As you may have seen recently, university lecturers and other teaching staff around the country have backed strikes over pensions, pay, and working conditions; this includes the majority of voting UCU members here in York.
These have been a regular occurrence over the last couple of years, with industrial action occurring in my first year in 2019-20, and I wholeheartedly believe that we should be supporting our striking lecturers. I’m aware it’s a very controversial opinion, but it’s one I firmly believe in.
I’m sure we all agree that the last couple of years haven’t been easy: not on us as students, but also not on our lecturers.
Teaching staff have had to take reactive approaches at every step with changing COVID-19 restrictions: moving all learning online, changing course content so it can be done remotely, and in some cases completely changing the assessment because it’s not possible without a certain bit of lab equipment (I know this happened with my modules last year!).
So, after such an uncertain, tumultuous time, I believe we should be standing with our lecturers in their fight for better pay and working conditions.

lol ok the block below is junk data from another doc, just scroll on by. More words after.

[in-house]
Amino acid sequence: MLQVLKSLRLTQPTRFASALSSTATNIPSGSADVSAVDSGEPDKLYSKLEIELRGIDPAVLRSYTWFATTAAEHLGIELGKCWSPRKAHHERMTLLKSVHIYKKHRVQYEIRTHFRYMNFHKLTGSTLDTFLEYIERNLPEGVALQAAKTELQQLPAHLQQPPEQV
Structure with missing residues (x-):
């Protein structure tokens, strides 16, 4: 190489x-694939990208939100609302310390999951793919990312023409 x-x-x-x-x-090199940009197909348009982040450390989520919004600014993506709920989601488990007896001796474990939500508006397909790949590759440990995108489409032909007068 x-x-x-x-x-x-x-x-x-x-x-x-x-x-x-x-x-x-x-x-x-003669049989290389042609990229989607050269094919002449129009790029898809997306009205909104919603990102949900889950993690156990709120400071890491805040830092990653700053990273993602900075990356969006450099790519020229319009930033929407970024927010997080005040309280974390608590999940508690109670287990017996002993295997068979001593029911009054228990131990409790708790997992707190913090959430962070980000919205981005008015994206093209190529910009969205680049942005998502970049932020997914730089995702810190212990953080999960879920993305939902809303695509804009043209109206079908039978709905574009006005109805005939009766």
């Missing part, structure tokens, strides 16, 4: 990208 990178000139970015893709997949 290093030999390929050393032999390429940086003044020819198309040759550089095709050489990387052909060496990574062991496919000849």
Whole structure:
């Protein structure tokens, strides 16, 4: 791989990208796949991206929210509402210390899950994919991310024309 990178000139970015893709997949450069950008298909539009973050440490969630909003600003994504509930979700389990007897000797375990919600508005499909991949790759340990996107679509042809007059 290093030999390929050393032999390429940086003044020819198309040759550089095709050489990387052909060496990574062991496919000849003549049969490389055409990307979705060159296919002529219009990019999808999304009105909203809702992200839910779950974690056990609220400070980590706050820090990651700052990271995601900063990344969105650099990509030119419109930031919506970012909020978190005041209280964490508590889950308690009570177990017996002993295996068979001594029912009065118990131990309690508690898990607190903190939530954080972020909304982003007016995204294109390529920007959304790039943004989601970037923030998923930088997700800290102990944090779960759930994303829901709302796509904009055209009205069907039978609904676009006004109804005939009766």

I also believe that the cuts to lecturers’ pensions gives us another reason to stand with them. The UCU claim that staff pension contributions could rise by 35% and the UCU have said that: “The changes that have already taken effect between 2011 and 2019 will make a typical member of staff £240,000 worse off over the course of their career and retirement.”
However, another important perspective is that our lecturers are also striking over casualisation and inequality. Not only are two-thirds of academics on non-fixed term contracts according to the UCU website, but the statistics also state “the mean gender pay gap is 15.1%” and that, currently, “it will not be closed for another 22 years”.
The UCU also says that the disability pay gap is 9%, and the pay gap between black and white staff members is a staggering 17%. I think these numbers show a burning injustice that must be addressed for our teaching staff.
We shouldn’t show any animosity or frustration towards lecturers – it’s not their fault. I would also argue that the fact that many lecturers feel that they have no option but to strike clearly shows the urgency of the situation.
The £9,250 yearly tuition fees aren’t going directly to our lecturers, they go to the University. If we are going to be frustrated, we should direct those frustrations where they’re needed: towards those cutting our lecturers’ pensions, controlling their working conditions, and influencing pay.
The least our lecturers deserve is our support.